BattleForge Review

BattleForge takes two strategy gaming subgenres and brings them together to create a unique game. The two subgenres in this case are real-time strategy and collectible card games, and the result is a game that's unusual enough to warrant a look by anyone who's into strategy gaming.

BattleForge features the kind of deck-building mechanic that will be familiar to anyone who's played a collectible card game before. Cards are used to represent different units, each of which has inherent attack and defense strengths as well as an associated cost to be brought into play, and often have a unique special attack or ability. There are also cards that represent defensive structures, and spells that can be unleashed on the enemy's units. Cards are also assigned to one of four elements, and each element has its particular strengths and weakness and playing to the strengths and exploiting your enemy's weakness is a major key to success in the game. You can only bring a limited number of cards into a game, and you'll have to finish that game with the cards that you brought, so deck creation and management is a large part of the game. You'll spend plenty of time outside of matches tweaking your decks and experimenting with builds that work best for your style of play. You'll also need to be careful to build a deck that can be used throughout a game enough low-level units to get you through the early game, but enough stronger units to put the finishing touch on a win.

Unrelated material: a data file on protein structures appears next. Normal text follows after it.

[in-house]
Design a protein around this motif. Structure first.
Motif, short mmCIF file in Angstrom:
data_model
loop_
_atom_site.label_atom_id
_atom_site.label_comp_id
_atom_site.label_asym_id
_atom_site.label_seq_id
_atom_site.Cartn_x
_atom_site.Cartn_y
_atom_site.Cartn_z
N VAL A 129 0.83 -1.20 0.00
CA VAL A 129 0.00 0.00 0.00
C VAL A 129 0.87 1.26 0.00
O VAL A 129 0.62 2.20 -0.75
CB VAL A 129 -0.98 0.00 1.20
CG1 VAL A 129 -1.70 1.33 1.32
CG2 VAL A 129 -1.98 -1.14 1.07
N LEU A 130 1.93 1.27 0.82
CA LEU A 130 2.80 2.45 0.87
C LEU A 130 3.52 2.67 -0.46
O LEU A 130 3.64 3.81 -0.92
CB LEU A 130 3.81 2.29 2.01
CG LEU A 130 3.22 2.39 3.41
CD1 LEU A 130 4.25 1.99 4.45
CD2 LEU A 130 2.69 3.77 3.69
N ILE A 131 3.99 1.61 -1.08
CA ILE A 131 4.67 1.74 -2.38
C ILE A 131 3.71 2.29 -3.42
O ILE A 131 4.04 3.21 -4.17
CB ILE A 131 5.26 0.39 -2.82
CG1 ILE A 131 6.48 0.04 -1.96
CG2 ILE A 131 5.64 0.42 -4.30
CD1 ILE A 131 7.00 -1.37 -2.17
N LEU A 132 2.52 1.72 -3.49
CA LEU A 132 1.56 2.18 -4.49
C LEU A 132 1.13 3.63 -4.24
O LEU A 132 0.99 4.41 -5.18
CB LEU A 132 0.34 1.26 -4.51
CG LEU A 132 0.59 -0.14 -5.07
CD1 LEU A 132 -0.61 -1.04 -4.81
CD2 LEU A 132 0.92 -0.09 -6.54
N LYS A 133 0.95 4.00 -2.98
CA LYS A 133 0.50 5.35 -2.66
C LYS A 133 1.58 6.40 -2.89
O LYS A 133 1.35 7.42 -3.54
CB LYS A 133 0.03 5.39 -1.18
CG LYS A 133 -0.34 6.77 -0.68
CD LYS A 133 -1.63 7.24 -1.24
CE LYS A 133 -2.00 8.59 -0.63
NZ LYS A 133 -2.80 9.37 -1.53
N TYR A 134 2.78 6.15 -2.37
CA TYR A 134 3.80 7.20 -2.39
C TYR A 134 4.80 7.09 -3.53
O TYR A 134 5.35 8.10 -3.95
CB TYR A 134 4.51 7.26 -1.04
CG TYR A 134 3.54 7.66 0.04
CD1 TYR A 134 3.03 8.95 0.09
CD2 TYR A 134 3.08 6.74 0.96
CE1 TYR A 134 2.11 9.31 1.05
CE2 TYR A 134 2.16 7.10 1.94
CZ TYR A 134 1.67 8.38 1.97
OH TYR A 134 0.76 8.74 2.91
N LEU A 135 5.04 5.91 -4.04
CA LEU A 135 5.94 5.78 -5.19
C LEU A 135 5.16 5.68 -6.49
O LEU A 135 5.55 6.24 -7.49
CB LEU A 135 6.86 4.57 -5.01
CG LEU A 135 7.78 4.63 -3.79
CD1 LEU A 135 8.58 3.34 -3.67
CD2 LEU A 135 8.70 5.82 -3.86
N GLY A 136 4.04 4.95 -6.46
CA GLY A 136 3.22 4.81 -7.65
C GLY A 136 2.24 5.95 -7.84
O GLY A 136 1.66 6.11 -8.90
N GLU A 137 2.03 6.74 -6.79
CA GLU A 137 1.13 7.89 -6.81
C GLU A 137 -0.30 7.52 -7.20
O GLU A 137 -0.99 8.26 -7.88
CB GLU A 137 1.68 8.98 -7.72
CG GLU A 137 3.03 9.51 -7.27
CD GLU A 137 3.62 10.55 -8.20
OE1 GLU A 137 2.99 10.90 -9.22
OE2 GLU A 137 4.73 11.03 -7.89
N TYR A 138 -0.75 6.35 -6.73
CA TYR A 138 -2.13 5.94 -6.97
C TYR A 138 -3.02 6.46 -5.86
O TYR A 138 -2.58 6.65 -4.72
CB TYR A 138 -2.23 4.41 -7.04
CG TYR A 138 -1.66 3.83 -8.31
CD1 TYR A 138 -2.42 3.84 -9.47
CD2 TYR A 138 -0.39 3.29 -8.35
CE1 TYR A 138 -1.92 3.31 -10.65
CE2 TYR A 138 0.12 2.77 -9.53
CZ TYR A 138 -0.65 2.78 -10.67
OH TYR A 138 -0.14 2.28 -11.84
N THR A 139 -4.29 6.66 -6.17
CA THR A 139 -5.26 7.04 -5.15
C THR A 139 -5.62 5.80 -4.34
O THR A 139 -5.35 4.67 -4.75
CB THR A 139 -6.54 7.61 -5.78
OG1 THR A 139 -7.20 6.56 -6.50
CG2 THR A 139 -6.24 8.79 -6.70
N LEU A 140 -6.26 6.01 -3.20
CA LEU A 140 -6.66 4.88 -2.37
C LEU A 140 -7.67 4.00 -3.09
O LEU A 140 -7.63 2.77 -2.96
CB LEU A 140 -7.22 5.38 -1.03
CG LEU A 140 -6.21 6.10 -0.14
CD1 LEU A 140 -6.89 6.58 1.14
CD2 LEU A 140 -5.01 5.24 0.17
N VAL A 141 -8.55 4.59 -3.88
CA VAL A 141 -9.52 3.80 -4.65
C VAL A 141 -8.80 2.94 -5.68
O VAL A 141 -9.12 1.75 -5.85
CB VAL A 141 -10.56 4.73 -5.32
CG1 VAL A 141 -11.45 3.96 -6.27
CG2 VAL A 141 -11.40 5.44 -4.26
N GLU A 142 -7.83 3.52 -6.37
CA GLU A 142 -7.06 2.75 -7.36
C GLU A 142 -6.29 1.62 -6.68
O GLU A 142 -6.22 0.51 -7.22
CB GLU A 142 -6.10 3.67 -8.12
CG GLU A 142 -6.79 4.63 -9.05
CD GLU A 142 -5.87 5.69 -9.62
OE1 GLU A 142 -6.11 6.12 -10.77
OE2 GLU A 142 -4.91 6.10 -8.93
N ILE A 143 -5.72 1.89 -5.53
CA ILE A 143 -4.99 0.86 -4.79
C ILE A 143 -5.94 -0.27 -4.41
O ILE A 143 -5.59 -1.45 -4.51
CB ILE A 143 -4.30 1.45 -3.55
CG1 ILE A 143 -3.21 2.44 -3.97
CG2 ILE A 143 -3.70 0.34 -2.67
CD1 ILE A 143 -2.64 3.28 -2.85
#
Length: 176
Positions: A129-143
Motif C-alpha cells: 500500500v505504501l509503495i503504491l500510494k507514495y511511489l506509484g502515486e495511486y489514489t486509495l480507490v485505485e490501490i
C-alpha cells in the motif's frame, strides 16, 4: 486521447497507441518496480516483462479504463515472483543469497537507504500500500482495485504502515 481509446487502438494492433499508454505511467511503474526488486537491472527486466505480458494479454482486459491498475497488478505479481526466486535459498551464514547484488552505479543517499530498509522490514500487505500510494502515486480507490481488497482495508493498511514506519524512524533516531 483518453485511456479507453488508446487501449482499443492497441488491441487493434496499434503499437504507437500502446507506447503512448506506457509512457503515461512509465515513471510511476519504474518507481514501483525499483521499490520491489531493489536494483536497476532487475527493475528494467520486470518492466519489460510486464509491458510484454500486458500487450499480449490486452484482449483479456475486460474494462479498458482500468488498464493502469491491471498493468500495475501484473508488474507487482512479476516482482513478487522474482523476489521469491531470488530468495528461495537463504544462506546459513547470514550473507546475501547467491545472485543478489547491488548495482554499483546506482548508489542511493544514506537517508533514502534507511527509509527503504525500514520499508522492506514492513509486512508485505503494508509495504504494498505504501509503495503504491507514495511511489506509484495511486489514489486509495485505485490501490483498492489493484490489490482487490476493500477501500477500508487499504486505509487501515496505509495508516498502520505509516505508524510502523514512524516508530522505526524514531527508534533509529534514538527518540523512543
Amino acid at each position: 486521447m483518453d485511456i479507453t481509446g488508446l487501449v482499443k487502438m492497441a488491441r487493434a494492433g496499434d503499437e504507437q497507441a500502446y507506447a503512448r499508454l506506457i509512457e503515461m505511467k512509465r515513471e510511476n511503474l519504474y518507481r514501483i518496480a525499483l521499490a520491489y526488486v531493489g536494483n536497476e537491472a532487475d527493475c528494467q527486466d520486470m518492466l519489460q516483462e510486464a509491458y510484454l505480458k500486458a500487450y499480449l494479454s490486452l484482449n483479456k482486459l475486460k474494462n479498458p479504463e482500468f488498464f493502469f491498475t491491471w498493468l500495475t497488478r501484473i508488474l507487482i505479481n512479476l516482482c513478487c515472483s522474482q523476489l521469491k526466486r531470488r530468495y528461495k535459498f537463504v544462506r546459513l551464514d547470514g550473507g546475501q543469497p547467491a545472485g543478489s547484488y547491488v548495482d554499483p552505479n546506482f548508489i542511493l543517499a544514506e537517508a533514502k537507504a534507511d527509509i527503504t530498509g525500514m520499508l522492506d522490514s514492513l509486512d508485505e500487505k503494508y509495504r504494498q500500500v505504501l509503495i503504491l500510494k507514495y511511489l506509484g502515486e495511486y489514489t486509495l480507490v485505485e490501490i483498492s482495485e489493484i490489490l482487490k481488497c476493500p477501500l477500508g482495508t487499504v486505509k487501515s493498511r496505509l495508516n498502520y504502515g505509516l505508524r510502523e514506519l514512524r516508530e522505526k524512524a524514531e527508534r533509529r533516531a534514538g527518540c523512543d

The game will give you a few default decks to play with that are good enough to get you through the early campaign levels and give you a feel for the kind of mix of cards you need to succeed, but later in the campaign and certainly in matches against other players you'll want to spend some time putting together your own decks. Those familiar with collectible card games will know that collecting the cards isn't free and that's the case in this game as well. You're given a number of points for free that can be used to buy "packs" of cards or to use to buy cards from other players. After that you can try to sell some cards through the game's card exchange to earn more points or pony-up some real world cash to buy more points to pick up more cards for your collection. As in most collectible card games, some cards are common and some are rare, and the rare cards will go for more points on the exchange.

The game plays differently than a collectible card game. The game's not a round-based series of turns where players have the luxury of putting a little thought into each play. The game plays out in real-time play a card to summon a unit and it appears on screen immediately and can be given orders as soon as it is summoned. You play a card in the middle of a melee, adding new troops to the fray or unleashing a spell to try and turn the tide in your favor. Of course, your opponent can do the same thing at any time as well. You don't have the freedom to call any card into play at any time, though. Maps contain power sources that generate the power that you need to summon cards, and some of these are special power sources that need to be attuned to one of the four disciplines. Some cards just require that you have some power in your pool, others require that you control a minimum number of power points attuned to the right discipline. Some cards have cool-down periods before they can be used again and others have limited number of uses. In BattleForge, it's not just about having a good mix of cards in your deck, it's also about using them at the right time.